For maintaining partitions use Min Heap and Max Heap.

Max Heap will contain numbers smaller than equal to median.

Min Heap will contain numbers greater than equal to median.

Balancing Constraint: if total number of elements are even then both heap should have equal elements.

if total number of elements are odd then Max Heap will have one more element than Min Heap.

Median Element: If Both partitions has equal number of elements then median will be half of sum of max element from first partition and min element from second partition.

Otherwise median will be max element from first partition.

1- Take two Heap(1 Min Heap and 1 Max Heap)
   Max Heap will contain first half number of elements
   Min Heap will contain second half number of elements

2- Compare new number from stream with top of Max Heap, 
   if it is smaller or equal add that number in max heap. 
   Otherwise add number in Min Heap.

3- if min Heap has more elements than Max Heap 
   then remove top element of Min Heap and add in Max Heap.
   if max Heap has more than one element than in Min Heap 
   then remove top element of Max Heap and add in Min Heap.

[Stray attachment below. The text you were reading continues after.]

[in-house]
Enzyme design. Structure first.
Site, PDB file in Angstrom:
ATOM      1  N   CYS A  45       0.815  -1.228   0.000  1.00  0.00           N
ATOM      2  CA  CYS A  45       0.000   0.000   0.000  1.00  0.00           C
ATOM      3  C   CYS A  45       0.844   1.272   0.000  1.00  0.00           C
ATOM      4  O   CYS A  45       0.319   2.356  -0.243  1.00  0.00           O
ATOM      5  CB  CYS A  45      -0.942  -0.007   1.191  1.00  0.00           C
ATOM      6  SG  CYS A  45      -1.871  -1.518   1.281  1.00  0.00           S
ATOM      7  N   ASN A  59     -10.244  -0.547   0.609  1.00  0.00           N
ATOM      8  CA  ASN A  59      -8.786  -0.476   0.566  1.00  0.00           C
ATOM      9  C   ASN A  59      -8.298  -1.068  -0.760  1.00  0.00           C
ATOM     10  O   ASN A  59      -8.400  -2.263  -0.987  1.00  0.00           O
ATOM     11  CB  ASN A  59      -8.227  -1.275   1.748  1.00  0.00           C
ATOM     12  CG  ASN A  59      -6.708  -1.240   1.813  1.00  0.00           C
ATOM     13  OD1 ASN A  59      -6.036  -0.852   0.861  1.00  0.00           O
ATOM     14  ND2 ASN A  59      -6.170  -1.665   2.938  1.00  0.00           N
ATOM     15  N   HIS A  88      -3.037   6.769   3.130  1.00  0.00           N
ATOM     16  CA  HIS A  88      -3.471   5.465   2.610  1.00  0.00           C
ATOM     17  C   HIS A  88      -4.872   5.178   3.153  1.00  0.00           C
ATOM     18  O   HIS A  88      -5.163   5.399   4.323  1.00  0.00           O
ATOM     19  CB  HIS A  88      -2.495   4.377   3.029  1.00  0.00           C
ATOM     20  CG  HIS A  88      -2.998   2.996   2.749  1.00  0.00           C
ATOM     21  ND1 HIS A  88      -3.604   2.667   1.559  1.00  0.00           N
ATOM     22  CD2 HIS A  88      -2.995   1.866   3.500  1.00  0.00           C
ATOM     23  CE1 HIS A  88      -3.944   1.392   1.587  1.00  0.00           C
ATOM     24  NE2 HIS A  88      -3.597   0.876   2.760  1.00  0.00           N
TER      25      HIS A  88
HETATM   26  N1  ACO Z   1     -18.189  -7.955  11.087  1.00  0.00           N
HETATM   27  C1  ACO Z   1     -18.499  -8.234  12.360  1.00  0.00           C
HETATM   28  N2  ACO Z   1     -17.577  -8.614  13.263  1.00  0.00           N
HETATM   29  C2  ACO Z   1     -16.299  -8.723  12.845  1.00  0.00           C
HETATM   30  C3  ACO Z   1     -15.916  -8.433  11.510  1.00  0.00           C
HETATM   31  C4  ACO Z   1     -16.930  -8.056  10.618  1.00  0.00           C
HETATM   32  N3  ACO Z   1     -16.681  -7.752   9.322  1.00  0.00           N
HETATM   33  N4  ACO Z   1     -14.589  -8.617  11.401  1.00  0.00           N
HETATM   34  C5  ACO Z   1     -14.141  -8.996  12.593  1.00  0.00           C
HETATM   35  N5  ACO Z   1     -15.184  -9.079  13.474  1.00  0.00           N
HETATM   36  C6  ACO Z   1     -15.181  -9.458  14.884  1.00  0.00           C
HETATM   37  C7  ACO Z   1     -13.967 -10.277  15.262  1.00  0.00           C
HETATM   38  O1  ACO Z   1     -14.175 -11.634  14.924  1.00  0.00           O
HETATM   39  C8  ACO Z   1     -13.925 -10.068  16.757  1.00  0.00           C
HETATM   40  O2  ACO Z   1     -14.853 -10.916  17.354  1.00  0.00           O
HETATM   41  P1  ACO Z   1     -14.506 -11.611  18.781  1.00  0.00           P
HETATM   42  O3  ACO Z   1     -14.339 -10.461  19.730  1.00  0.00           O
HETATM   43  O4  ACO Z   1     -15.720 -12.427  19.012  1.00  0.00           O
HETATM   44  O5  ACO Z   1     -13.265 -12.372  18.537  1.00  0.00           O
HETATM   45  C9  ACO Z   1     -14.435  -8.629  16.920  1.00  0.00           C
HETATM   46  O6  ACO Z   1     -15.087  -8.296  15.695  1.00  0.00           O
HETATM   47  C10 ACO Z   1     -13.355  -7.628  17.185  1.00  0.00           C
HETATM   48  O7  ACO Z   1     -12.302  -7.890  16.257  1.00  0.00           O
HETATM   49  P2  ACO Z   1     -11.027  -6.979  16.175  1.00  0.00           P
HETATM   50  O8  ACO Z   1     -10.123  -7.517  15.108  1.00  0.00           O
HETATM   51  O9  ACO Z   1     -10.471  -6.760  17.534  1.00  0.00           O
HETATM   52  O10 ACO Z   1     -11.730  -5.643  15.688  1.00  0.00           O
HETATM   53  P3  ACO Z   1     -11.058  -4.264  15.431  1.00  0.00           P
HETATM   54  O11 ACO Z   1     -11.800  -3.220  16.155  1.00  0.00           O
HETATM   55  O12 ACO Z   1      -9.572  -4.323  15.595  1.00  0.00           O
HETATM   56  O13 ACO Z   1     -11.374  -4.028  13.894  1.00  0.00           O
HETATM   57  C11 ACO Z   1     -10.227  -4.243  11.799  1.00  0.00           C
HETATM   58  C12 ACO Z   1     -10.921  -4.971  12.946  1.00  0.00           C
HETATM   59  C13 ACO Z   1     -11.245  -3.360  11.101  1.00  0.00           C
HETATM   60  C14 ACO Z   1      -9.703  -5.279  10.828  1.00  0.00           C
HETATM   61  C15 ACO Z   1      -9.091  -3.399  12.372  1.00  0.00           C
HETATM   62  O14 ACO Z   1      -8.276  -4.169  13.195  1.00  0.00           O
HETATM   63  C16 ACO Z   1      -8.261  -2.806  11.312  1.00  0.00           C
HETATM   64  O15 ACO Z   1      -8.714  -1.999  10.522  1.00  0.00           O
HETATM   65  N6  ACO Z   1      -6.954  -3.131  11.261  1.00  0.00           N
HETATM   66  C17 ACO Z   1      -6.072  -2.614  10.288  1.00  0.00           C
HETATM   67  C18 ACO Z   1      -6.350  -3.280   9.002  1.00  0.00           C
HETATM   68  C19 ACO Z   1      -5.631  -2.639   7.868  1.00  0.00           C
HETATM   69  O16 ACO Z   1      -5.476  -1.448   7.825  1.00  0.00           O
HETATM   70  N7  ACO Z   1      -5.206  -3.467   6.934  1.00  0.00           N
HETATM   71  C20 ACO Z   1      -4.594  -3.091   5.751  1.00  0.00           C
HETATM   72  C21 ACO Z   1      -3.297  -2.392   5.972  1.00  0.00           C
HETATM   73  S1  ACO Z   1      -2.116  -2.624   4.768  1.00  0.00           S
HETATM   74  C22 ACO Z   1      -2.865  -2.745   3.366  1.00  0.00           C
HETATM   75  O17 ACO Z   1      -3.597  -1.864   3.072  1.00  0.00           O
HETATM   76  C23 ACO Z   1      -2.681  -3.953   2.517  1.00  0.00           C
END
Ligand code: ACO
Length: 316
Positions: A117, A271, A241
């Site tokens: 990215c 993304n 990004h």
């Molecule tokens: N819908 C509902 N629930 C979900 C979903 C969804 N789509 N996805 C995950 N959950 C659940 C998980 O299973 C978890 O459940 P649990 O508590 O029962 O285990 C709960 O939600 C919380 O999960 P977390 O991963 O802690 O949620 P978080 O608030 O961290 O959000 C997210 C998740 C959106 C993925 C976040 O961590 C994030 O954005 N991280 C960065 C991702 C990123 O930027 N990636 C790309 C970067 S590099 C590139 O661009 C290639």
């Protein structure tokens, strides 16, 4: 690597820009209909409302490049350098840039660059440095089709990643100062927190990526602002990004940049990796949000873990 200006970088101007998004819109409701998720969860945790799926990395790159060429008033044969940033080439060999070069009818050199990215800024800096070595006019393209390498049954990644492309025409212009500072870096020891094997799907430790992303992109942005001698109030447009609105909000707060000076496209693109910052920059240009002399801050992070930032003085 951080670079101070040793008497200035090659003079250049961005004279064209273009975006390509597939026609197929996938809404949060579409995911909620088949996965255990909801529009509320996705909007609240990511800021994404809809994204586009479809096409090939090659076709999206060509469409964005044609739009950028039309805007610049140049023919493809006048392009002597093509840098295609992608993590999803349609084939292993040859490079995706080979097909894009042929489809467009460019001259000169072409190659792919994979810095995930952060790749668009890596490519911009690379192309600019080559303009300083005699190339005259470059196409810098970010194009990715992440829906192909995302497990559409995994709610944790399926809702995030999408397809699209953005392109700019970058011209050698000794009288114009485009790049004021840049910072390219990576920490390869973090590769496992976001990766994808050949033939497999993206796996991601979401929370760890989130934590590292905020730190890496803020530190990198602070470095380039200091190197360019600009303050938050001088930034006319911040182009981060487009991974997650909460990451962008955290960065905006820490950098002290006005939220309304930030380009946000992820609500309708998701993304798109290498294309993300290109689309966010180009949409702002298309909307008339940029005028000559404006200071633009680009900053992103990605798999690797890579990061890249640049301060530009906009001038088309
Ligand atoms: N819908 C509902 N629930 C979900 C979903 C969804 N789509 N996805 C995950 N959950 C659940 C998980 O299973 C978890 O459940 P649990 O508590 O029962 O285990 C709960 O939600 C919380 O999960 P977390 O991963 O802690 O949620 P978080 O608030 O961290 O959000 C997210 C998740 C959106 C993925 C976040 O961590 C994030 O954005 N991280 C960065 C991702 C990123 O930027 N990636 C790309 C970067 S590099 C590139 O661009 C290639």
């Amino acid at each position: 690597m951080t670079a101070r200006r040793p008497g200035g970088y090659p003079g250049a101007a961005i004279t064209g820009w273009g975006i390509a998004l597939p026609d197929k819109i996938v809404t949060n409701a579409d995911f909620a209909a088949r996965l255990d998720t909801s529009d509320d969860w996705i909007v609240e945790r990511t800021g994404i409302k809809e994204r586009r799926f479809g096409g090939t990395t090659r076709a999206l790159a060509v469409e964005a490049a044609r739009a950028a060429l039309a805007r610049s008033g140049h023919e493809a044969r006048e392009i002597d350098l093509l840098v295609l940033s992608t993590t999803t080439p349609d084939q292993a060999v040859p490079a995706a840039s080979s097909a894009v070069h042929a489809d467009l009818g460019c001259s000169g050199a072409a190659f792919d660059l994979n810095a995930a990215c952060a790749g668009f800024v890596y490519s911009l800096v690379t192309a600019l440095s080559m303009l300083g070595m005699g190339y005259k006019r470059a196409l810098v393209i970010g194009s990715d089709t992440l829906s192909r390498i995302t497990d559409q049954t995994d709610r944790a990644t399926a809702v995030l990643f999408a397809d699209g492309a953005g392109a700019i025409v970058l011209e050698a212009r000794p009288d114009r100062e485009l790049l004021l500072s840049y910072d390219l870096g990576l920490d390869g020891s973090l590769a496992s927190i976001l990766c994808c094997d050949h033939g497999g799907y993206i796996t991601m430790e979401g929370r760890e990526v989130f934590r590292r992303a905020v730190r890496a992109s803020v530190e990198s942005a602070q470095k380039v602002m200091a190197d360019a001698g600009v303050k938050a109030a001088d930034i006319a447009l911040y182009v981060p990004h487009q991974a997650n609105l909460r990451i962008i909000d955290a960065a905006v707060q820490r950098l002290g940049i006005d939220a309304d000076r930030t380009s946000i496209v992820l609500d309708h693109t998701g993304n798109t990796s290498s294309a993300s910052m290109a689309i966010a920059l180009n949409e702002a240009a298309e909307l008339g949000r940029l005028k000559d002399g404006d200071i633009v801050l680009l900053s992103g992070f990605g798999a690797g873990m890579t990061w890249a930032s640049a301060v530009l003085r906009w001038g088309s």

4- If Both heaps has equal number of elements then
   median will be half of sum of max element from Max Heap and min element from Min Heap.
   Otherwise median will be max element from the first partition.
public class Solution {

    public static void main(String[] args) {
        Scanner in = new Scanner(System.in);
        RunningMedianHeaps s = new RunningMedianHeaps();
        int n = in.nextInt();
        for(int a_i=0; a_i < n; a_i++){

    public static void printMedian(RunningMedianHeaps s, int nextNum){

class RunningMedianHeaps{
    PriorityQueue<Integer> minHeap = new PriorityQueue<Integer>();
    PriorityQueue<Integer> maxHeap = new PriorityQueue<Integer>(Comparator.reverseOrder());

    public double getMedian() {

        int size = minHeap.size() + maxHeap.size();     
        if(size % 2 == 0)
            return (maxHeap.peek()+minHeap.peek())/2.0;
        return maxHeap.peek()*1.0;

    private void balanceHeaps() {
        if(maxHeap.size() < minHeap.size())
        else if(maxHeap.size() > 1+minHeap.size())

    public void addNumberInHeap(int num) {
        if(maxHeap.size()==0 || num <= maxHeap.peek())
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  • Its not clear to me how much benefit a third Java answer provides for a C question. You should ask a new question, and then supply your Java answer in that question. – jww Feb 19 '17 at 5:06
  • logic died after reading this 'then remove top element of Min Heap and add in Min Heap.' .At least have the courtesy to read the algo before posting – Cyclotron3x3 May 21 '17 at 7:17